I knew that the only way we could have a child through my own body was with In-vitro Fertilization, IVF, which is fertilization in a petri dish. My husband would have been totally fine either way. We had a great life. We loved to travel. We could come and go as we pleased. Yet, somehow I could not imagine my life without children. Although I had never taken an aspirin in my life, I decided to embrace IVF as an opportunity and a second chance.
Instead of remaining silent for fear of being judged, I allowed myself to be vulnerable. It was difficult when I first “came out” to my patients about my fertility challenges. But I felt it was necessary to step outside my comfort zone if I wanted to make a difference. After all, I am only human and not immune to fertility challenges. When I shared my journey with them, it was always met with gratitude. It made them feel less alone. I was more than a practitioner offering advice.
Fast forward to a few months later, and instead of undergoing one IVF as planned, we ended up doing six rounds of IVF (and looked at adoption and donor eggs in between) before finally conceiving our baby Zoe in 2012. All the while, I integrated Chinese medicine, acupuncture, lifestyle and dietary changes to help lower my stress levels and optimize my chances of pregnancy. Western medicine focused on quantity. Eastern medicine focused on quality.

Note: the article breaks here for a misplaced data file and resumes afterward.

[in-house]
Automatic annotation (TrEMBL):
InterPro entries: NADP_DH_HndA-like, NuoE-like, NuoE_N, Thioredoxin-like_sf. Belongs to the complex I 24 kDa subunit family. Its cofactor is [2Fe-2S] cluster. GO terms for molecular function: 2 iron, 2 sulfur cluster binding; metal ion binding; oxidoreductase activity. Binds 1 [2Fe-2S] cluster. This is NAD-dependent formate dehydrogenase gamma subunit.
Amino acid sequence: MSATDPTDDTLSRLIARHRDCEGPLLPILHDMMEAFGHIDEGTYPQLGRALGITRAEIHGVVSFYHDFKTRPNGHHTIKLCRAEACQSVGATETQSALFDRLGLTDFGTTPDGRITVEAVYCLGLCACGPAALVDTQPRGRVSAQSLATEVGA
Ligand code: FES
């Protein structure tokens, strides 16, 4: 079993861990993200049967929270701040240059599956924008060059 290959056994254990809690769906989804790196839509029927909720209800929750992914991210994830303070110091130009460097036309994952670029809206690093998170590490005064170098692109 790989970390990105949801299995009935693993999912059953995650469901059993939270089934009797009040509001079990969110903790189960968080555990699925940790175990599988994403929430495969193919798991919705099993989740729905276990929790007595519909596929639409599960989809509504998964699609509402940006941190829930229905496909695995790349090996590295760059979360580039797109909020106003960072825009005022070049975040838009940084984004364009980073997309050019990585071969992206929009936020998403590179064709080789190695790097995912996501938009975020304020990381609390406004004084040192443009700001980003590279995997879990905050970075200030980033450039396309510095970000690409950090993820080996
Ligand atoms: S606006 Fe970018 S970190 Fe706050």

I wrote a book about my experience and the experiences of others called Pathways To Pregnancy, and am telling you my story here for several reasons. One in six women and couples have fertility challenges in their lifetime, making it a prevalent condition. Let’s open up this conversation and dispel the shame and stigma that is still often attached to infertility.
Be proactive and take charge of your fertility early by getting tested and treated for health challenges that might compromise your fertility such as unhealthy weight, diabetes, Polycystic ovaries, endometriosis, fibroids, menstrual irregularities, thyroid insufficiencies, inflammatory conditions, and pelvic infections and STI’s (especially chlamydia).
Take care of your preconception health by eating whole foods, living a healthy lifestyle and minimizing exposure to toxins.
Never say never. I always imagined that I would conceive naturally but when eggs and sperm shall never meet, I surrendered to IVF.
Be open. I had made it my life’s mission to bridge the gap between Eastern and Western medicine. I just never expected to have to embrace Western medicine myself.
I now encourage others to be open to the benefits of both Eastern and Western medicines. No one medicine is omnipotent. We live in a world where we can access both, so why not integrate them to your advantage and respect each individual’s journey.
I am grateful that we integrated both because without IVF technology, we would not have had Zoe and I would not have my story to tell.
I have triumphed and want you to know that you can too. There is hope.